This fall brought about many things new to me: a new school, grade level, and the exciting addition of student-led conferences. As a music teacher, I typically have very few parent-teacher conferences. So when my new middle school announced that we would have student-led conferences and the homeroom teachers would facilitate, I panicked. How was I going to speak about students I only saw during homeroom time?

The answer was simple: I didn’t have to because we held student-led conferences.

Setting student-led conference goals was the first step.

The goal of a student-led conference is for students to take ownership of their learning and school work. The student leads the conversation, sharing with their parents work samples, accomplishments, and achievements. In my school, we did this through Google Slides. We created a Google Slide template with a page for each course. We instructed students to insert a link, photo, video, or screenshot of work that they were proud of and demonstrated learning. Following the work samples were pages for reflection, goals, and their current grades.

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Planning student-led conferences is reflective. 

Students spent one week during homeroom preparing their slides. While they worked, I circulated the room, asked questions, and made suggestions. Some students needed reminders that an A in a class didn’t show what they learned. Others needed guidance in finding things they were proud of. As students worked I enjoyed observing their conversations. They discussed various projects and assignments, helping them reflect on the first seven weeks of school.

Communicating about student-led conferences is critical.

Leading up to the conferences, we told parents frequently that students were expected to attend and that the homeroom teacher (not necessarily a core teacher) would be facilitating. It was communicated at back-to-school night and through weekly school-wide emails. Grade level teachers used a shared Google Sheet to indicate any specific student concerns, so the homeroom teacher could communicate with parents. This team approach on the teachers’ side ensured all concerns for individual students would be shared and removed the concern from parents that they might miss important information by only meeting the homeroom teacher.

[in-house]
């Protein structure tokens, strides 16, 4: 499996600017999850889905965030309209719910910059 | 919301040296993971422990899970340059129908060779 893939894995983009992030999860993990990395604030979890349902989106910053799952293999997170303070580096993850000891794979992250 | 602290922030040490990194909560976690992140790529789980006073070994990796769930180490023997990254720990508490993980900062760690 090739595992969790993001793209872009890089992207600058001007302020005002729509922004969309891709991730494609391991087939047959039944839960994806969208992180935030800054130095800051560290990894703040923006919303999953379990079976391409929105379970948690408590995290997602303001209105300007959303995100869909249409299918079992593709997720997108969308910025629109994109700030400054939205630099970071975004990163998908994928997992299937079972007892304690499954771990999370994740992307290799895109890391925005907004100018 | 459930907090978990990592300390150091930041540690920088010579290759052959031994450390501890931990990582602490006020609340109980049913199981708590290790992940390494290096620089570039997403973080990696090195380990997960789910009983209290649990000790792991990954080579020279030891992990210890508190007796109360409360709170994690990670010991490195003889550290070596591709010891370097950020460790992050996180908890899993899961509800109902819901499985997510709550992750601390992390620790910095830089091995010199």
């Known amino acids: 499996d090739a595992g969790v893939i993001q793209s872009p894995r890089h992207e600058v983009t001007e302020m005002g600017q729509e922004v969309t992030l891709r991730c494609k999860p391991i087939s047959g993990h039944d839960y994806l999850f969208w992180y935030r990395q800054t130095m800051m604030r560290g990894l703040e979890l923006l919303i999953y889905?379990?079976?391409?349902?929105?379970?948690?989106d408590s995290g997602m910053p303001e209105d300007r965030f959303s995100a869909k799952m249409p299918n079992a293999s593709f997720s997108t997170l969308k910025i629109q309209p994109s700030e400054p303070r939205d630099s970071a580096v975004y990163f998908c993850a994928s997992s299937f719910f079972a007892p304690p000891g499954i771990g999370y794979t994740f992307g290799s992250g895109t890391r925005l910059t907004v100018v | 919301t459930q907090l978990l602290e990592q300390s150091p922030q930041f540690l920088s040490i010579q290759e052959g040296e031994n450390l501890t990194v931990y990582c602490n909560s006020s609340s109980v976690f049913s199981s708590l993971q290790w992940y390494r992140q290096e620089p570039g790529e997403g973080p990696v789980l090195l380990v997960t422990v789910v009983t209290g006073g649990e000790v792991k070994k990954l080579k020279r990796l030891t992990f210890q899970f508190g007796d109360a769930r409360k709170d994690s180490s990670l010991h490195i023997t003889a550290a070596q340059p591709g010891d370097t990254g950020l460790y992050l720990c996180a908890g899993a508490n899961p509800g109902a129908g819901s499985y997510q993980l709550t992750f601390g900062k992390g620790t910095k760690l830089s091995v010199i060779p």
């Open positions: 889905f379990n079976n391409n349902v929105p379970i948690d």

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Conferencing was kept structured.

Conference day was great! Students arrived with their parents for their scheduled 20-minute session. I found this to be a good amount of time. Longer would have been too much for many students, and shorter would have felt rushed. Students began by introducing their parents to me and explaining the goals of the conference. Then they dove into their presentations and work samples. Parents watched and listened attentively, sometimes asking questions or commenting on various pieces of work. Students were very honest in their reflections, explaining their biggest struggles and areas they could improve. While typing those responses is one thing, verbalizing it to a parent is another! I could tell it was an honest conversation that didn’t always occur at home.

Asking parents to participate was enlightening.

When the students finished their part of the conference, we asked parents to share “two glows and two grows.” This meant describing two things they were proud of and two areas where they would like to see growth in their child. This was another very honest moment to witness. Students smiled as their parents shared their glows, often nodding in agreement regarding the grows. Finally, I shared feedback I had, along with comments that had been communicated through the Google Sheet. Not surprisingly, most of the teacher comments had already been addressed in some way during the conference. The confirmation was appreciated by all.

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Reviewing the process of student-led conferences is key.

Going into conferences, I didn’t know what to expect. I’m pretty sure none of us knew what to expect. Afterward, everyone agreed it was a great opportunity to reflect, feel good, and plan for growth. Parents enjoyed hearing from their children, something often lacking in the middle school experience. Students took ownership of their work and learning. 

Interested in trying student-led conferences? Here are some suggestions:

● Have a template for students to prepare what they will share. The more prepared students are, the smoother conferences will run. In our one-to-one iPad school, we used Google Slides, but  paper would be just as effective.
● Scaffold the process based on your students’ age and experience in this area. Younger students will likely need more teacher involvement, while older students may need more time to truly explain and reflect on work samples.
● Explain to parents in advance (several weeks at least) how conferences will run and reiterate that students should attend.
● Have a system in place if parents have questions for a specific teacher. We had a form to fill out to place in that teacher’s mailbox and email communication was also encouraged.

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